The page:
Vent testing critical to tank safety
Feb 1, 2012 12:00 PM, By Rick Weber
BELIEVE Joe Evans when he says that a BLEVE isn't a pretty sight.
In his vent-testing presentation, Evans, Hazardous Materials Program Manager for the Federal Motor Carrier Safety Administration's (FMCSA) Eastern Service Center, showed a picture of an MC331 tank ablaze because it went into BLEVE (Boiling Liquid Expanding Vapor Explosion). Evans spoke during the 2011 Cargo Tank Maintenance Seminar October 24-26 in Louisville, Kentucky.
“It's a situation that is not common, but it does happen,” he said. “This is a situation where vents would come in handy to relieve pressure on the cargo tank. Eventually, the cargo tank can't vent enough with liquid in there, and will essentially explode.”
He said that normal vents function for pressure and vacuum and let the cargo tank breathe, while emergency vents limit the pressure inside the tank to prevent a catastrophic failure of the tank.
“Cargo tanks have different design pressures, so different vents have to be used on different, specific cargo tanks,” he said.
The HM 183 rule, which was published in the Federal Register on June 12, 1989, required self-closing pressure relief devices (PRDs) on all newly constructed cargo tanks and limited the use of frangible devices. It also required leak tightness of manhole closures. Manhole fill openings and washout assembly had to be structurally capable of withstanding, without leakage or permanent deformation that would affect its structural integrity, a static internal fluid pressure of at least 36 psig, or cargo tank test pressure, whichever is greater.
He gave some background on the regulation covering DOT400 Series Pressure Relief (178.345-10), which says that cargo tanks (CTs) must be equipped to relieve pressure and vacuum in accordance with this section of the CFR and the individual specification; pressure and vacuum relief system must be designed to operate and have sufficient capacity to prevent CT rupture or collapse due to over-pressurization, or vacuum resulting from loading, unloading, or heating and cooling of lading. Pressure relief systems are not required to conform to the ASME requirements.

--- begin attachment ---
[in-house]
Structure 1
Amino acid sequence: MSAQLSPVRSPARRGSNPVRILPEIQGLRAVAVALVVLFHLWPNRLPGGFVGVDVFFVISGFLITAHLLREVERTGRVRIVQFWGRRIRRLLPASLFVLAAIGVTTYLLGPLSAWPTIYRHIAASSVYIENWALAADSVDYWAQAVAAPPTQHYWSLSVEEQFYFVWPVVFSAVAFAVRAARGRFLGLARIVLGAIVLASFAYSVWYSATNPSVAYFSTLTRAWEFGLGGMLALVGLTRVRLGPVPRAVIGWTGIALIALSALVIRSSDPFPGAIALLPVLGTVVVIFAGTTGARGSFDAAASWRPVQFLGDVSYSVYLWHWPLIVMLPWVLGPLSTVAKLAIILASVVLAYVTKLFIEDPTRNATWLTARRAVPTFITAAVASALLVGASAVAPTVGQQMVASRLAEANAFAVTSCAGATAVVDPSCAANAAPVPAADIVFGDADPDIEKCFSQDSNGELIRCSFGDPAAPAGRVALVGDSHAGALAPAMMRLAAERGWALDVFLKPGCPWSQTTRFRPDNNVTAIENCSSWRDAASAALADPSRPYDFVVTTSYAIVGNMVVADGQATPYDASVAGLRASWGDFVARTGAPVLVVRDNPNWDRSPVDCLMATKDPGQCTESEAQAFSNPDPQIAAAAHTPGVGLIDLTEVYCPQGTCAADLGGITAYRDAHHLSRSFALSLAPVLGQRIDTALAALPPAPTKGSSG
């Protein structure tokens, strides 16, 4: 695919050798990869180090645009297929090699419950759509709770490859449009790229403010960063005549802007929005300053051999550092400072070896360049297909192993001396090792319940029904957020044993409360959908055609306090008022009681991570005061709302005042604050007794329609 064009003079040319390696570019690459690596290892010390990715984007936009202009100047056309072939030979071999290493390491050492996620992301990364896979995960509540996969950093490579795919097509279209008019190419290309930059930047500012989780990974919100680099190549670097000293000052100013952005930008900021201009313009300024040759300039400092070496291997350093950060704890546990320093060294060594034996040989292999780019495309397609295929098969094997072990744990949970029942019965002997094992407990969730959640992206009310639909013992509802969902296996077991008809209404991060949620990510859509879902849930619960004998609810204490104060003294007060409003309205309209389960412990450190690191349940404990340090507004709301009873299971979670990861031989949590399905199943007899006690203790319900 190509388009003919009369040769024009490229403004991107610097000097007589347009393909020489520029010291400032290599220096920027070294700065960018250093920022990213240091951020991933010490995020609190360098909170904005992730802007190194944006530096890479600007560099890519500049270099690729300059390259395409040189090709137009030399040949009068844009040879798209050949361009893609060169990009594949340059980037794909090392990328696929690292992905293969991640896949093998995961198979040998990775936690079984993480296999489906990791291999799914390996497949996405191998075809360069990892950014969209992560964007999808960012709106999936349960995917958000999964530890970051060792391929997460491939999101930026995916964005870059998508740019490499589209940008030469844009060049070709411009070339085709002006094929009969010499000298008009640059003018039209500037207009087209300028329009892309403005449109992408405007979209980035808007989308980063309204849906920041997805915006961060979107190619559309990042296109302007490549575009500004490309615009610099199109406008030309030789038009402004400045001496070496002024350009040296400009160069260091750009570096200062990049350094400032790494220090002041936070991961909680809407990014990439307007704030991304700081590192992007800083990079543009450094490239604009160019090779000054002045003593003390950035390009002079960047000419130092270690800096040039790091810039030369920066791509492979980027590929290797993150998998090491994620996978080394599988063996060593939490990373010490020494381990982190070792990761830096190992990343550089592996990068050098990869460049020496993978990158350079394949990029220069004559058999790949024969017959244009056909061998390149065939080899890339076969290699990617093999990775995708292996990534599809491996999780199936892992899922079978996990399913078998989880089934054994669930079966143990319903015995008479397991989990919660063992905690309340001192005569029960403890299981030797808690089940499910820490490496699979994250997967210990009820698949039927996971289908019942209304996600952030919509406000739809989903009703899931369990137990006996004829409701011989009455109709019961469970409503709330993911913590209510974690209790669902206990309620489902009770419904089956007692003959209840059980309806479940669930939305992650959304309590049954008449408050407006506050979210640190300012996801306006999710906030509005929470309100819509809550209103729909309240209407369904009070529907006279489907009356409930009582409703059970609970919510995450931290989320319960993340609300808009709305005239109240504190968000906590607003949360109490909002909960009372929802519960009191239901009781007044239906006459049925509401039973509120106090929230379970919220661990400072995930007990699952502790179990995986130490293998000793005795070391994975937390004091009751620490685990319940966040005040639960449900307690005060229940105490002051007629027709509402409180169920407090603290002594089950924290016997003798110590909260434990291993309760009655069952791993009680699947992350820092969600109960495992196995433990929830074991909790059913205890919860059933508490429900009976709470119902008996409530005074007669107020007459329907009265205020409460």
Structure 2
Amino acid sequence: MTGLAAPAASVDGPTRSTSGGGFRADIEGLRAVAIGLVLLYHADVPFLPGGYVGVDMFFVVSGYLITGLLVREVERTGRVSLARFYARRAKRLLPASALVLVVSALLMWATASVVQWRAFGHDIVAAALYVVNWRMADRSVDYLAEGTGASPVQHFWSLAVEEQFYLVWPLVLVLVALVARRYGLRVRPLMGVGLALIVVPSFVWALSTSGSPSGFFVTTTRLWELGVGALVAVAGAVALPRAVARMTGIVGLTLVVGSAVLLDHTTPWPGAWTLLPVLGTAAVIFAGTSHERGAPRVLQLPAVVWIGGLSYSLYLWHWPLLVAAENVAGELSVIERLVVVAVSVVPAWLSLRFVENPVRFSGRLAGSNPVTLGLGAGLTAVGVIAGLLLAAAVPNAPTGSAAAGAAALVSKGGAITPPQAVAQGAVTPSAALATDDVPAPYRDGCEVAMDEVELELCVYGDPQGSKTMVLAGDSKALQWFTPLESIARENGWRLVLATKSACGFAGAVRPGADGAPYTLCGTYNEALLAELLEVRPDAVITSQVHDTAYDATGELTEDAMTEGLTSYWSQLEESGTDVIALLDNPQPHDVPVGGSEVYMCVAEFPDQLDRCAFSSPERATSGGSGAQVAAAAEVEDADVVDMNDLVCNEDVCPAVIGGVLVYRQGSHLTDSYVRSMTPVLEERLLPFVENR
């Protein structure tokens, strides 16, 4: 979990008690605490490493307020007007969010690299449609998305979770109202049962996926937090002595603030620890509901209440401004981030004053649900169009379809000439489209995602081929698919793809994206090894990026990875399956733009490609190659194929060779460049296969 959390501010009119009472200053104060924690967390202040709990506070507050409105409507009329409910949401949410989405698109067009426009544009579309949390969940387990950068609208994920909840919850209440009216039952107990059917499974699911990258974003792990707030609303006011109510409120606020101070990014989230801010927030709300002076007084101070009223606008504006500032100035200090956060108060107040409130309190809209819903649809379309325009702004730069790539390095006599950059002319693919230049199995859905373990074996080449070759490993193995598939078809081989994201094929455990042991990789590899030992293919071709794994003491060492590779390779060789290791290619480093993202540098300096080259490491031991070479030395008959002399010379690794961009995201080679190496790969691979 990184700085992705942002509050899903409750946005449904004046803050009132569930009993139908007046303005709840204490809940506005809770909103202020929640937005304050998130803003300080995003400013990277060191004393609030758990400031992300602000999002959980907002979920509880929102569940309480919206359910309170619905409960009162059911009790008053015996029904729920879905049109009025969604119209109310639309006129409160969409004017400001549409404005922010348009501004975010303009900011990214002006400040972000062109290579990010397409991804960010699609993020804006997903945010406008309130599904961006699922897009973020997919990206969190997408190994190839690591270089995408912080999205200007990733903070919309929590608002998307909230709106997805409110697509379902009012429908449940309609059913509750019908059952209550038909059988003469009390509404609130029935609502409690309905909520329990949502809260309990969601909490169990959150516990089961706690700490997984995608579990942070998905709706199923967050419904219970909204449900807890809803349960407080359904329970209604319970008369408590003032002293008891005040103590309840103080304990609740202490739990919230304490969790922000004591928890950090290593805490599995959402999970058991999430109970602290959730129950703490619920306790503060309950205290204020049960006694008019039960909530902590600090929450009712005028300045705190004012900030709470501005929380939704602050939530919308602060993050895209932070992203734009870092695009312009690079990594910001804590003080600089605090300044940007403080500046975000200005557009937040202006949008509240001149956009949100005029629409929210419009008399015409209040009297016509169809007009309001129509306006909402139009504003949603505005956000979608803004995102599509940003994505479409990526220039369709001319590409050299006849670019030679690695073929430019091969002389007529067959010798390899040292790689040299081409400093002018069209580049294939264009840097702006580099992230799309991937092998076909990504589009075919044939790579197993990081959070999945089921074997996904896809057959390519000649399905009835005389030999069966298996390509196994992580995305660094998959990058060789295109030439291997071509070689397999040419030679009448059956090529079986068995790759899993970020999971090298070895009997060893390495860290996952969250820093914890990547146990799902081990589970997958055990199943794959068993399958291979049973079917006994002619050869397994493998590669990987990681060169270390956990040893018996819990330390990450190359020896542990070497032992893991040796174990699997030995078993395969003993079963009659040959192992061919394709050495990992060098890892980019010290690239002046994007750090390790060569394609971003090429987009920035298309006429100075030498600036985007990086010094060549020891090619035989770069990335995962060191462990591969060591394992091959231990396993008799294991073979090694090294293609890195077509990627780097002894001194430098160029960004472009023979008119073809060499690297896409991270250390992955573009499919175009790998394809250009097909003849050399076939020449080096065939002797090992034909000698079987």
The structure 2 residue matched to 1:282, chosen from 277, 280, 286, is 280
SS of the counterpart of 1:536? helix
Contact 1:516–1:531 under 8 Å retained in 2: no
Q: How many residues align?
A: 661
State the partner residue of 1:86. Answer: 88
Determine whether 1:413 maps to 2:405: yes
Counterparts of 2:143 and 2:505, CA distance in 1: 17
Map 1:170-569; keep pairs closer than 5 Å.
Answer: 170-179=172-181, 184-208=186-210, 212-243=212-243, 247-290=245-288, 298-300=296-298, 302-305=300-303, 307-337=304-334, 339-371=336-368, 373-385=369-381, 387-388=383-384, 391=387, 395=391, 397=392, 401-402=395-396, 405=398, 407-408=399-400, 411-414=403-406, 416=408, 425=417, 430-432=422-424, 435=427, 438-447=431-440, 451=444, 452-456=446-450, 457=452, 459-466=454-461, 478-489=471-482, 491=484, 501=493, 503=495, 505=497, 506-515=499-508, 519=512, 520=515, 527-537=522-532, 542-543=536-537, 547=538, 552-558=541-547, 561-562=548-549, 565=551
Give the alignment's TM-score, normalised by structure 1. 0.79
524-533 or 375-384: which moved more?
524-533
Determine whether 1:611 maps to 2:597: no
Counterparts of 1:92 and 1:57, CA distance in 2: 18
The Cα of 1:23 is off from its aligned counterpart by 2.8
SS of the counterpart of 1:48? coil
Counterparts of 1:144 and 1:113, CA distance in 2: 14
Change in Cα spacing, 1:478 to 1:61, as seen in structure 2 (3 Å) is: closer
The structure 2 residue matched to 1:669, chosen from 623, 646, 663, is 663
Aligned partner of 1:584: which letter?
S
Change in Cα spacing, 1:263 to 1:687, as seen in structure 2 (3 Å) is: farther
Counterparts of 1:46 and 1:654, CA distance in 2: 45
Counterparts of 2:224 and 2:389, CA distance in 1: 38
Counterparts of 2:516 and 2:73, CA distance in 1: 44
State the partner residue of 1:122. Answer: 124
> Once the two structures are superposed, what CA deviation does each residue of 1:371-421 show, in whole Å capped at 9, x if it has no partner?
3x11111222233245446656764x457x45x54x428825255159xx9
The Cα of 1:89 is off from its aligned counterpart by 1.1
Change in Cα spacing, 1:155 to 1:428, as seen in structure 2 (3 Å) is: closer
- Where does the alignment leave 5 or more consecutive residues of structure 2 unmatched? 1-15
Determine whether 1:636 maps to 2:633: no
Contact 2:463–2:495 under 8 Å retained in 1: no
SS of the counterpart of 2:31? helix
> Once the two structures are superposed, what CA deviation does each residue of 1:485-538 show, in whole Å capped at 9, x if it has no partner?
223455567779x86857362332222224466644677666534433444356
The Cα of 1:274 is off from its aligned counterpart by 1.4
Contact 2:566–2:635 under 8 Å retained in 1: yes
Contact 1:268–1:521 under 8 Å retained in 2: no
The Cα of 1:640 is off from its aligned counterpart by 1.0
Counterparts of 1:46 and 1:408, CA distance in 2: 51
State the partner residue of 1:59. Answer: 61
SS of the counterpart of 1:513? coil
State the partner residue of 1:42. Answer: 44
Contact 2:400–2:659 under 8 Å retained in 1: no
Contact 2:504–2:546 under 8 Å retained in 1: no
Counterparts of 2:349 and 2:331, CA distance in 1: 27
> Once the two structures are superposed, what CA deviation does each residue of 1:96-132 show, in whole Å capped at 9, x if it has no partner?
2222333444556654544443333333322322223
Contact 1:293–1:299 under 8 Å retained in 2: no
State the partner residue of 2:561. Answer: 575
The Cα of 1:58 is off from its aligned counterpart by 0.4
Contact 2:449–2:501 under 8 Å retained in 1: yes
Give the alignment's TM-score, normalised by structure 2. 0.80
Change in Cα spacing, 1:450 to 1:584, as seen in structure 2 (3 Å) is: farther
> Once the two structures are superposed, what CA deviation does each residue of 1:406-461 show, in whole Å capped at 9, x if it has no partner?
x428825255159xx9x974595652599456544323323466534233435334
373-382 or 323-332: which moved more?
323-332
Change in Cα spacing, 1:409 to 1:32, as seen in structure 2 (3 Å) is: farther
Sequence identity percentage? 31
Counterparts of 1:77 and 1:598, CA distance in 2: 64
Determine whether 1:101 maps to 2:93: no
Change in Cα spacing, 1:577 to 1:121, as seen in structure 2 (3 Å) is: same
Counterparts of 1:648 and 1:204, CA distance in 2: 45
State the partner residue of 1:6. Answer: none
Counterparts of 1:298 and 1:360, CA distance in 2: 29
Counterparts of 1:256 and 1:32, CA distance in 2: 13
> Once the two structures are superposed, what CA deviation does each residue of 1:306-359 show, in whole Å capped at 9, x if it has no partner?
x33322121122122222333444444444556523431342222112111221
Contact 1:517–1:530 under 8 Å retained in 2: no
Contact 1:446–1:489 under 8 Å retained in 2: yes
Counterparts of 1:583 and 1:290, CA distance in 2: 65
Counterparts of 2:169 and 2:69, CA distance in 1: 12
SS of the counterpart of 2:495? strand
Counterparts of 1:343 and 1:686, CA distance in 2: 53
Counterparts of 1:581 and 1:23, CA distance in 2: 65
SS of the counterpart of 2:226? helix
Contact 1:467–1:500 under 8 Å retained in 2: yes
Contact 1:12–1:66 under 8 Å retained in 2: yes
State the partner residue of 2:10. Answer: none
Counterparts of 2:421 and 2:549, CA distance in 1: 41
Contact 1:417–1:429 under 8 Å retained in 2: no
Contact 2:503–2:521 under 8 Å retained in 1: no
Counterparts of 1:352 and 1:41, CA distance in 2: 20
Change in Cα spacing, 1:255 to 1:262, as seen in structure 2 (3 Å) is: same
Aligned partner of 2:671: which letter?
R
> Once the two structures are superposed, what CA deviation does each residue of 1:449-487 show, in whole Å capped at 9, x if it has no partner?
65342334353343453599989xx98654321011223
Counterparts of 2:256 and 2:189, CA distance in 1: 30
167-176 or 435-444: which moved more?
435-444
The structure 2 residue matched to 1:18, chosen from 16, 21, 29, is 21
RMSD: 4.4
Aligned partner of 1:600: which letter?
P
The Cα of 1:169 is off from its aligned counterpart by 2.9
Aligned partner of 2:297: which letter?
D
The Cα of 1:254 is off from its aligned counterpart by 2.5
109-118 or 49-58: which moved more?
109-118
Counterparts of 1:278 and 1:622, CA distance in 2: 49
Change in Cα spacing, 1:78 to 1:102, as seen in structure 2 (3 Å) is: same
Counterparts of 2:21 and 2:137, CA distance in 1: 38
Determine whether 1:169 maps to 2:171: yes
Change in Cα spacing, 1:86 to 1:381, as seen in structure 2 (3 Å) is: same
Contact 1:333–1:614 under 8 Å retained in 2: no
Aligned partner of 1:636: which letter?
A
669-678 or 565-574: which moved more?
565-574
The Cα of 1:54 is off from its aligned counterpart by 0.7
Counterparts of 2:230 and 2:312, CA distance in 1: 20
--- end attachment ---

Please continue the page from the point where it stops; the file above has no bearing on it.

“We know that 400 series cargo tanks are all designed in accordance with ASME code, and some are certified,” he said. “But designed and certified are two different things.”
Cargo tanks must be provided with: a primary pressure-relief system consisting of one or more reclosing pressure relief valves and a secondary pressure-relief system consisting of another pressure-relief valve that may be used to augment the total venting capacity. Non-reclosing pressure relief devices are not authorized in any CT except when in series with a reclosing PRD. Gravity-actuated reclosing valves are not authorized on any CT.
Pressure-relief systems must be designed to withstand dynamic pressure surges in excess of the design set pressure. PRDs must be able to withstand a dynamic pressure surge reaching 30 psig above the design set pressure and sustained above the design set pressure for at least 60 milliseconds (0.06 seconds).
“This is where it gets more complicated,” Evans said. “The total volume of liquid released should not exceed one liter before the valve recloses to a leak-tight condition.”
PRDs must be constructed and installed to prevent unauthorized adjustment of settings. No shut-off valve or other device that could prevent venting through the pressure-relief system may be installed. The pressure-relief system must be mounted, shielded, and drained to minimize the accumulation of material that could impair the operation or discharge capability of the system by freezing, corrosion, or blockage, and the PRD must be certified by the device manufacturer.
Each device must communicate with the vapor space above the lading as near as practicable to the center of the vapor space. Discharge from any device must be unrestricted. Protective devices which deflect the flow of vapor are permissible provided the required vent capacity is maintained.